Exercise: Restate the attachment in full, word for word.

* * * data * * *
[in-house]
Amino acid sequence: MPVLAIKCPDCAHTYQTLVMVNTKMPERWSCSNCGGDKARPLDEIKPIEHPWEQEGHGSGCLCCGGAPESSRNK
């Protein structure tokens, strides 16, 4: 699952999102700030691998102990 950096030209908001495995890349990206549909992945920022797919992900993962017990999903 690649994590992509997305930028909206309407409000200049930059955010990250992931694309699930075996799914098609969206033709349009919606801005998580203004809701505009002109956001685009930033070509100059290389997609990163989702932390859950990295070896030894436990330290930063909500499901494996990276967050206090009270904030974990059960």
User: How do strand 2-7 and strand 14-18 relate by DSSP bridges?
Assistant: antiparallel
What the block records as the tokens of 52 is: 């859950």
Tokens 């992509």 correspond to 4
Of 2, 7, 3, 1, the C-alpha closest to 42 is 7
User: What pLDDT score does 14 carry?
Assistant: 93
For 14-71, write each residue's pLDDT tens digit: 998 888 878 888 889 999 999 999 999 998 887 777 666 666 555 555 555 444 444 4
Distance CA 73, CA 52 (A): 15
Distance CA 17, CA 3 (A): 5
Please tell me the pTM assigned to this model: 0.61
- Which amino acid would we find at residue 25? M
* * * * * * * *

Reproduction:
[in-house]
Amino acid sequence: MPVLAIKCPDCAHTYQTLVMVNTKMPERWSCSNCGGDKARPLDEIKPIEHPWEQEGHGSGCLCCGGAPESSRNK
């Protein structure tokens, strides 16, 4: 699952999102700030691998102990 950096030209908001495995890349990206549909992945920022797919992900993962017990999903 690649994590992509997305930028909206309407409000200049930059955010990250992931694309699930075996799914098609969206033709349009919606801005998580203004809701505009002109956001685009930033070509100059290389997609990163989702932390859950990295070896030894436990330290930063909500499901494996990276967050206090009270904030974990059960």
User: How do strand 2-7 and strand 14-18 relate by DSSP bridges?
Assistant: antiparallel
What the block records as the tokens of 52 is: 């859950």
Tokens 């992509």 correspond to 4
Of 2, 7, 3, 1, the C-alpha closest to 42 is 7
User: What pLDDT score does 14 carry?
Assistant: 93
For 14-71, write each residue's pLDDT tens digit: 998 888 878 888 889 999 999 999 999 998 887 777 666 666 555 555 555 444 444 4
Distance CA 73, CA 52 (A): 15
Distance CA 17, CA 3 (A): 5
Please tell me the pTM assigned to this model: 0.61
- Which amino acid would we find at residue 25? M